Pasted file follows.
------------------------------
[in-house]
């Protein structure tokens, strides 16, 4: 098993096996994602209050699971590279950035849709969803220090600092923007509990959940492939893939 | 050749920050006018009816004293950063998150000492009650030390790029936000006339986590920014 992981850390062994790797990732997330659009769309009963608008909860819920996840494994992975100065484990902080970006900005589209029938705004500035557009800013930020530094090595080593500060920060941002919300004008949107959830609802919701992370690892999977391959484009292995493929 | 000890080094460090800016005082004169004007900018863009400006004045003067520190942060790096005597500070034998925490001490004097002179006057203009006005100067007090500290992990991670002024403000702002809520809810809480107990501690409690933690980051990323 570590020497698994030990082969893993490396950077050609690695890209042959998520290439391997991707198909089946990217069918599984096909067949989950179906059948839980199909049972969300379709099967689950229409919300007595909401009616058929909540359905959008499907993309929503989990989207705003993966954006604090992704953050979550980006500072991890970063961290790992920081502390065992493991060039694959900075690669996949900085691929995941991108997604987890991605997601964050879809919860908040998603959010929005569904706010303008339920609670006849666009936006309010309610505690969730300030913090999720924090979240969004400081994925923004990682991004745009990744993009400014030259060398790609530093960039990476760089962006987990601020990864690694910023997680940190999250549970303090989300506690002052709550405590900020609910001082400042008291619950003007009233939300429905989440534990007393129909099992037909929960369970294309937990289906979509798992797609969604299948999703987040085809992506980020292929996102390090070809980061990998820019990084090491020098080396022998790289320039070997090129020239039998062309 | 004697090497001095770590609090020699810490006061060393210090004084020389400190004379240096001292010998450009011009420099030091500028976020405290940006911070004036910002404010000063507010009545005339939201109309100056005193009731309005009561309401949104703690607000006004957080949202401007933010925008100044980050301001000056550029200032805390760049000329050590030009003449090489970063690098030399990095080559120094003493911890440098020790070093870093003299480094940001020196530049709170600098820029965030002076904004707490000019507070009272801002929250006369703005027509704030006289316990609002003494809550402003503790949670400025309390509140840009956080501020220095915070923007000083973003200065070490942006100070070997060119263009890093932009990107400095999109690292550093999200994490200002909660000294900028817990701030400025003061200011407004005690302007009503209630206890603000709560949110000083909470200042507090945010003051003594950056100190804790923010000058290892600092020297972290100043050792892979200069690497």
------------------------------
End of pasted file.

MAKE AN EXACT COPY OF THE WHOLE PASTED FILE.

[in-house]
């Protein structure tokens, strides 16, 4: 098993096996994602209050699971590279950035849709969803220090600092923007509990959940492939893939 | 050749920050006018009816004293950063998150000492009650030390790029936000006339986590920014 992981850390062994790797990732997330659009769309009963608008909860819920996840494994992975100065484990902080970006900005589209029938705004500035557009800013930020530094090595080593500060920060941002919300004008949107959830609802919701992370690892999977391959484009292995493929 | 000890080094460090800016005082004169004007900018863009400006004045003067520190942060790096005597500070034998925490001490004097002179006057203009006005100067007090500290992990991670002024403000702002809520809810809480107990501690409690933690980051990323 570590020497698994030990082969893993490396950077050609690695890209042959998520290439391997991707198909089946990217069918599984096909067949989950179906059948839980199909049972969300379709099967689950229409919300007595909401009616058929909540359905959008499907993309929503989990989207705003993966954006604090992704953050979550980006500072991890970063961290790992920081502390065992493991060039694959900075690669996949900085691929995941991108997604987890991605997601964050879809919860908040998603959010929005569904706010303008339920609670006849666009936006309010309610505690969730300030913090999720924090979240969004400081994925923004990682991004745009990744993009400014030259060398790609530093960039990476760089962006987990601020990864690694910023997680940190999250549970303090989300506690002052709550405590900020609910001082400042008291619950003007009233939300429905989440534990007393129909099992037909929960369970294309937990289906979509798992797609969604299948999703987040085809992506980020292929996102390090070809980061990998820019990084090491020098080396022998790289320039070997090129020239039998062309 | 004697090497001095770590609090020699810490006061060393210090004084020389400190004379240096001292010998450009011009420099030091500028976020405290940006911070004036910002404010000063507010009545005339939201109309100056005193009731309005009561309401949104703690607000006004957080949202401007933010925008100044980050301001000056550029200032805390760049000329050590030009003449090489970063690098030399990095080559120094003493911890440098020790070093870093003299480094940001020196530049709170600098820029965030002076904004707490000019507070009272801002929250006369703005027509704030006289316990609002003494809550402003503790949670400025309390509140840009956080501020220095915070923007000083973003200065070490942006100070070997060119263009890093932009990107400095999109690292550093999200994490200002909660000294900028817990701030400025003061200011407004005690302007009503209630206890603000709560949110000083909470200042507090945010003051003594950056100190804790923010000058290892600092020297972290100043050792892979200069690497």